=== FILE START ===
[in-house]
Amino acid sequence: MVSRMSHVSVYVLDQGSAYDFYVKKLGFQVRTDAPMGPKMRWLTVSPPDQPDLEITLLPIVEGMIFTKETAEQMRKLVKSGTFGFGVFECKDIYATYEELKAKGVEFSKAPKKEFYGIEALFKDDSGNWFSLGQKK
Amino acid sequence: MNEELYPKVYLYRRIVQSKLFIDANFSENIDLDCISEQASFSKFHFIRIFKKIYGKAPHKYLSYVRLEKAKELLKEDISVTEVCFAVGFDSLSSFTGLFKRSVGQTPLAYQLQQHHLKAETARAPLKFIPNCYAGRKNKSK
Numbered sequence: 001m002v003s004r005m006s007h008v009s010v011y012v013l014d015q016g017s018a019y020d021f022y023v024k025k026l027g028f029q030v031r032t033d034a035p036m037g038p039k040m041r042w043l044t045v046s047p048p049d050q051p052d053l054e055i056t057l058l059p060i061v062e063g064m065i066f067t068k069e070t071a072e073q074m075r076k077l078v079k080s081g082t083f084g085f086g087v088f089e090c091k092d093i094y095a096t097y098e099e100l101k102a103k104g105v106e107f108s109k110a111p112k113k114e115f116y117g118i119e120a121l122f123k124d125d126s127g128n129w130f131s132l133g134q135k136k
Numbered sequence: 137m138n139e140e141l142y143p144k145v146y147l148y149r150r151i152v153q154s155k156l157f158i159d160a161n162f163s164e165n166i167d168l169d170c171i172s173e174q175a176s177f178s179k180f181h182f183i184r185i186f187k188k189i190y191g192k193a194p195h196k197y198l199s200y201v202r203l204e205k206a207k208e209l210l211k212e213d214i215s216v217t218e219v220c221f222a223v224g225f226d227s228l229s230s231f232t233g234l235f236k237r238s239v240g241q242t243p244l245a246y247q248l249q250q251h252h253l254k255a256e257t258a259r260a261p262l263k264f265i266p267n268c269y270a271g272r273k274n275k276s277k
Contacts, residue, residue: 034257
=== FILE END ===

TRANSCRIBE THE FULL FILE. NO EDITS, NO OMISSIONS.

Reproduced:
[in-house]
Amino acid sequence: MVSRMSHVSVYVLDQGSAYDFYVKKLGFQVRTDAPMGPKMRWLTVSPPDQPDLEITLLPIVEGMIFTKETAEQMRKLVKSGTFGFGVFECKDIYATYEELKAKGVEFSKAPKKEFYGIEALFKDDSGNWFSLGQKK
Amino acid sequence: MNEELYPKVYLYRRIVQSKLFIDANFSENIDLDCISEQASFSKFHFIRIFKKIYGKAPHKYLSYVRLEKAKELLKEDISVTEVCFAVGFDSLSSFTGLFKRSVGQTPLAYQLQQHHLKAETARAPLKFIPNCYAGRKNKSK
Numbered sequence: 001m002v003s004r005m006s007h008v009s010v011y012v013l014d015q016g017s018a019y020d021f022y023v024k025k026l027g028f029q030v031r032t033d034a035p036m037g038p039k040m041r042w043l044t045v046s047p048p049d050q051p052d053l054e055i056t057l058l059p060i061v062e063g064m065i066f067t068k069e070t071a072e073q074m075r076k077l078v079k080s081g082t083f084g085f086g087v088f089e090c091k092d093i094y095a096t097y098e099e100l101k102a103k104g105v106e107f108s109k110a111p112k113k114e115f116y117g118i119e120a121l122f123k124d125d126s127g128n129w130f131s132l133g134q135k136k
Numbered sequence: 137m138n139e140e141l142y143p144k145v146y147l148y149r150r151i152v153q154s155k156l157f158i159d160a161n162f163s164e165n166i167d168l169d170c171i172s173e174q175a176s177f178s179k180f181h182f183i184r185i186f187k188k189i190y191g192k193a194p195h196k197y198l199s200y201v202r203l204e205k206a207k208e209l210l211k212e213d214i215s216v217t218e219v220c221f222a223v224g225f226d227s228l229s230s231f232t233g234l235f236k237r238s239v240g241q242t243p244l245a246y247q248l249q250q251h252h253l254k255a256e257t258a259r260a261p262l263k264f265i266p267n268c269y270a271g272r273k274n275k276s277k
Contacts, residue, residue: 034257